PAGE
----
NORFOLK, Va. (WAVY) – They may seem like no big deal at the time. After all, they’re just misdemeanors. But Norfolk Commonwealth’s Attorney Ramin Fatehi says lower-level gun charges often create a path toward death and prison – and it’s not just the person pulling the trigger.

Recent cases involving victims and defendants show a connection where they had a misdemeanor gun charge dismissed or set aside, before they eventually were charged with killing someone or getting killed themselves.

Fatehi says he began to track violent case histories, and “noticed a very alarming pattern.” He found it was often a pretty straight shot between low-level gun misdemeanors and violent gun felonies.

The gun misdemeanors would include reckless handling of a firearm, for example shooting a gun in the air on the 4th of July; brandishing a firearm; having an extended magazine so the gun can fire more bullets; and carrying a concealed gun without the proper permit, which Fatehi says is especially predictive.

“Those concealed firearms cases were acting as a leading indicator for violence,” Fatehi said.

Recent examples illustrate the connection.

Murder defendant Jayvon Smith is claiming self defense for the fatal shooting in March of a 17-year-old outside a 7-Eleven. Smith had three gun misdemeanors dismissed in February of last year.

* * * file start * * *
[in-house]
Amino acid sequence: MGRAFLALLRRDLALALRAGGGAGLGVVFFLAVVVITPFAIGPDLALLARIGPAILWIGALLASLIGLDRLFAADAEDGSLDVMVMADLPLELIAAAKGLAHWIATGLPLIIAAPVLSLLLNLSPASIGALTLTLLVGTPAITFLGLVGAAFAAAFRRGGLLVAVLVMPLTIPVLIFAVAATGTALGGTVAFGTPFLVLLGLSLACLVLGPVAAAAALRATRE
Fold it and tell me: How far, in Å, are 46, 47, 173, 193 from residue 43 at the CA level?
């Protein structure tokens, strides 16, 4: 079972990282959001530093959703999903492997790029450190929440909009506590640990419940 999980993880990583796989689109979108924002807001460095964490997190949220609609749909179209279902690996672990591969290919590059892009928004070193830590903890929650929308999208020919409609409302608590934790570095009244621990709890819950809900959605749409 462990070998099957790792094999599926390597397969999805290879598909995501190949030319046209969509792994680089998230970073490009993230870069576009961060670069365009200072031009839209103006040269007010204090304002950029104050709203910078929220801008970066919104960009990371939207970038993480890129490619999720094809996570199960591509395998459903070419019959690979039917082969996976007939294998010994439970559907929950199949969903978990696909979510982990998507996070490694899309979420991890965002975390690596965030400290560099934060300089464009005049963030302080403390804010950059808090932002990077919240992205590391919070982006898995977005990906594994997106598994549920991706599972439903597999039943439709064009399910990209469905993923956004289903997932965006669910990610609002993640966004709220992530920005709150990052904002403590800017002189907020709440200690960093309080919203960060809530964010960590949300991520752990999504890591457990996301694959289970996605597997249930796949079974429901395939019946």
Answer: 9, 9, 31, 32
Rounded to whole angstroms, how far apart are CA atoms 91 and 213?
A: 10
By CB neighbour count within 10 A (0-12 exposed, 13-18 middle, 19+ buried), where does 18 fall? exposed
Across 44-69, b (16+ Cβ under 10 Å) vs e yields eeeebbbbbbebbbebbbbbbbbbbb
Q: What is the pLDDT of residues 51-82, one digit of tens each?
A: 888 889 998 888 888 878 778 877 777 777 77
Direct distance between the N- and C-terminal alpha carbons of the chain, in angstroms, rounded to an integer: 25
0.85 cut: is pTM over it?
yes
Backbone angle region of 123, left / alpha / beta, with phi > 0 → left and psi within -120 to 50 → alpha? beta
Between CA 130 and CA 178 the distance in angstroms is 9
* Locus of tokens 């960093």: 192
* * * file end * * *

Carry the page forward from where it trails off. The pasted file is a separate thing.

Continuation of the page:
Alvin Baum II was a suspect in two murders. He was killed by police when he pulled a gun that had an illegal magazine. His past included two other gun misdemeanors, and at least one of his victims also had a past gun charge.

Joseph Pagano pleaded guilty to manslaughter in a killing outside a Wawa. His victim had a past gun misdemeanor charge set aside.

The man currently charged in the killing of three people on Granby Street in March, Antoine LeGrande, Jr., had a gun misdemeanor charge in Chesapeake dismissed last year.

The Norfolk Commonwealth’s Attorney’s Office provided numbers on homicide arrests and victims. It’s important to point out they include only Norfolk charges, and not charges from other cities.

Since the beginning of 2020:

  • 83 identified homicide suspects
    • 18 had prior firearm felonies
    • 5 had prior firearm misdemeanors
    • 6 had both prior firearm felonies and misdemeanors

Among the 71 unique homicide victims connected to those suspects:

  • 6 had prior firearm felonies
  • 2 had prior firearm misdemeanors
  • 3 had both prior felonies and misdemeanors.

Again, the data does not account for charges in cities other than Norfolk, so Fatehi says it’s highly likely it’s an undercount.

The solution? Perhaps, stronger prosecution of those lower-level crimes that often predict someone being at one end or the other of a deadly shooting. As it often is, it’s a question of money.

“The General Assembly does not fund prosecutors to prosecute misdemeanors. They only fund us to prosecute felonies,” Fatehi said.

The money for misdemeanor prosecutions comes from grants, supplements from the city, or money left over from felony prosecutions.

“This is not right. There is more than one gun for every man, woman, child and infant in the United States. We need Washington to come together,” Fatehi said.

Fatehi pointed to a recent federal report soon to be published that found we have 400 million guns in the U.S. for a population of 330 million people.

The Commonwealth’s Attorney says he will keep pressing the General Assembly for more money to prosecute gun misdemeanors, and gun felonies as well.